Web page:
For this study, semi-structured interviews will be conducted. Respondents will be asked guiding questions and will be given as much time as they need to answer them. This allows the interviewees to express their opinions while keeping them speaking about issues that are of interest to the researcher. It should be observed that semi-structured interviews are a proper data collection method for a generic qualitative study, allowing for gathering information about external phenomena (Percy et al., 2015, p.79); it will permit obtaining respondents’ opinions and understanding their experience of their relationships with their adolescent sons (Ivey, 2012; Cooper, Chenail, & Fleming, 2012; Malterud, 2012; Vaismoradi, Turunen, & Bondas, 2013; Watkins, 2012).
The questions that will be used in the interviews are as follows:
- What is it like for you – being a single African American mother of an African American adolescent son?
- Describe your relationships with your adolescent son?
- What do you believe are the most important aspects of your relationship with your son?
- How have your relationships with your son changed over time?
- Have your relationships changed much since your son became an adolescent, or have they remained the same?
- How do you typically communicate with your son?
- Has your son’s schooling impacted your relationships?
- Do your son’s friends have an influence on your relationships?
- What other factors affect your relationships with your son?
- Are there any other important people or groups involved in your relationships with your son?
- Do you think that you give your son much freedom?
- If you can change any about your relationships, what would it be?
- Are there any other comments you wish to add or issues that you believe are important to discuss?
The data analysis will be carried out by using the method of coding (i.e., theme analysis) of the transcribed data (AlYahmady & Alabri, 2013; Campbell, Quincy, Osserman, & Pedersen, 2013; Chenail, 2012; de Casterle, Gastmans, Bryon, & Denier, 2012; Percy et al., 2015; Pierre & Jackson, 2014; Smith & Firth, 2011). This method is appropriate for a generic qualitative study (Percy et al., 2015). The theme analysis will be inductive, that is, data-driven (Percy et al., 2015). To conduct it, the following steps will be taken (Percy et al., 2015):
- All the transcribed data will be read several times. Then the researcher will start working with transcripts of separate interviews. First, an interview will be re-read. After that, the researcher will listen to the recording of that interview. It will then be re-read again; at this time, the parts that seem to be significant will be highlighted, but the significant parts that are irrelevant for the research question will be eliminated (although this data will still be stored in backup versions of the file; Percy et al., 2015);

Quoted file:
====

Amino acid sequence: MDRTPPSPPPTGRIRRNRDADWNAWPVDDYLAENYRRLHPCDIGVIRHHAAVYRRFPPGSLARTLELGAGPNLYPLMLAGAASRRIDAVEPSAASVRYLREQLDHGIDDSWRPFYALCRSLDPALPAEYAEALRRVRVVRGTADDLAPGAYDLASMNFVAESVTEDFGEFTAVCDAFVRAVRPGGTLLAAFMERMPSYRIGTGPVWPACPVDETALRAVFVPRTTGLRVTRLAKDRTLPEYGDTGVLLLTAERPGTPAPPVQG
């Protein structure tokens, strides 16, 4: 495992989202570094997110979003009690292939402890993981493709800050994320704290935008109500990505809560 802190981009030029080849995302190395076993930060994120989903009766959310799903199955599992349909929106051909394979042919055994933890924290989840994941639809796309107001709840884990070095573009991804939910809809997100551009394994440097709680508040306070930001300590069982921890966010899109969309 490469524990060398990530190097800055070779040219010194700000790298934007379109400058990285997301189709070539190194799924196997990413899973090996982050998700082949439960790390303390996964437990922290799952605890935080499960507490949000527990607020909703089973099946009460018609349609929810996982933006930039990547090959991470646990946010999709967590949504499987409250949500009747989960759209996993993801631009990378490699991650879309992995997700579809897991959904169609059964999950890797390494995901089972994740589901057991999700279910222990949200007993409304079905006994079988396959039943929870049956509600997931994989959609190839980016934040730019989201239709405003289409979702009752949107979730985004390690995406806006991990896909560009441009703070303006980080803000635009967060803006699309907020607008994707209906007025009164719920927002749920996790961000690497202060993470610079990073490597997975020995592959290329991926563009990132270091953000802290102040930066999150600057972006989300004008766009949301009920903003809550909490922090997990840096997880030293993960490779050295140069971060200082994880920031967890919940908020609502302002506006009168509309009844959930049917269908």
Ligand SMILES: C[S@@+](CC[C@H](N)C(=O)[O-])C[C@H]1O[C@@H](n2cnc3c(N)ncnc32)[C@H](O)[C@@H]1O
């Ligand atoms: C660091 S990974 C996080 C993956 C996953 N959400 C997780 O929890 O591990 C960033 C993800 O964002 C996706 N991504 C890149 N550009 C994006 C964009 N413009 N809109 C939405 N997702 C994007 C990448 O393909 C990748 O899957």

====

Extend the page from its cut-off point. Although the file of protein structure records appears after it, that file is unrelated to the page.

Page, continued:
- Pieces of data assigned codes, i.e., very brief descriptions of the contents (Percy et al., 2015);
- The parts of data that are connected will be clustered so that it will be possible to find patterns in it. Each pattern will also be given a short description. It may be possible to assign second-level codes to patterns if there is a need; these codes should be relevant to the field of psychology (Percy et al., 2015);
- After that, the patterns will be reviewed, and possible overarching themes will be found in the data. The patterns, codes, themes, and corresponding pieces of text will then be arranged into clusters (Campbell et al., 2013; Percy et al., 2015). Also, direct quotes from the participants’ interviews will be placed near the corresponding patterns with the purpose of elucidating the latter (Percy et al., 2015);
- This procedure will be carried out for the data gathered from each of the respondents. After that, the overarching patterns will be clustered and synthesized into themes; abstract descriptors will be assigned to these themes using terminology relevant to the field of psychology (Percy et al., 2015);
- The themes will be arranged into a matrix; the corresponding patterns that support these themes will also be included (Percy et al., 2015). Codes or descriptors will also be utilized for every data cluster provided in the matrix (Percy et al., 2015);
- For every theme present in the matrix, a detailed analysis that will provide a description of the essence and the scope of that theme will be written (Percy et al., 2015);
- Such a procedure will be carried out for the data collected from every one of the respondents of the study. After this process is complete, the themes and patterns that will consistently emerge across the data collected from separate respondents will be combined (Percy et al., 2015);
- At this point, it will be possible to use the themes to answer the research question and, probably, to propose the data’s interpretation based on the research theories adopted for this study (Percy et al., 2015).
Role of the Researcher
The role of the researcher is pivotal in the proposed study due to the fact that the credibility, dependability, and transferability of the said study depend upon the researcher (Patton, 2002). In fact, the credibility of the scholar is said to be a factor in the credibility of a study that the scholar carries out (Patton, 2002, p. 584). To ensure the transferability of a study, it is paramount that the researcher does not extrapolate the data without its careful analysis and without considering one’s own biases (Patton, 2002, p. 584). Finally, the dependability of a study requires careful planning of the steps to be taken during a study, their accurate execution, and precise description in the final work so as to ensure that other scholars can repeat that study (Patton, 2002).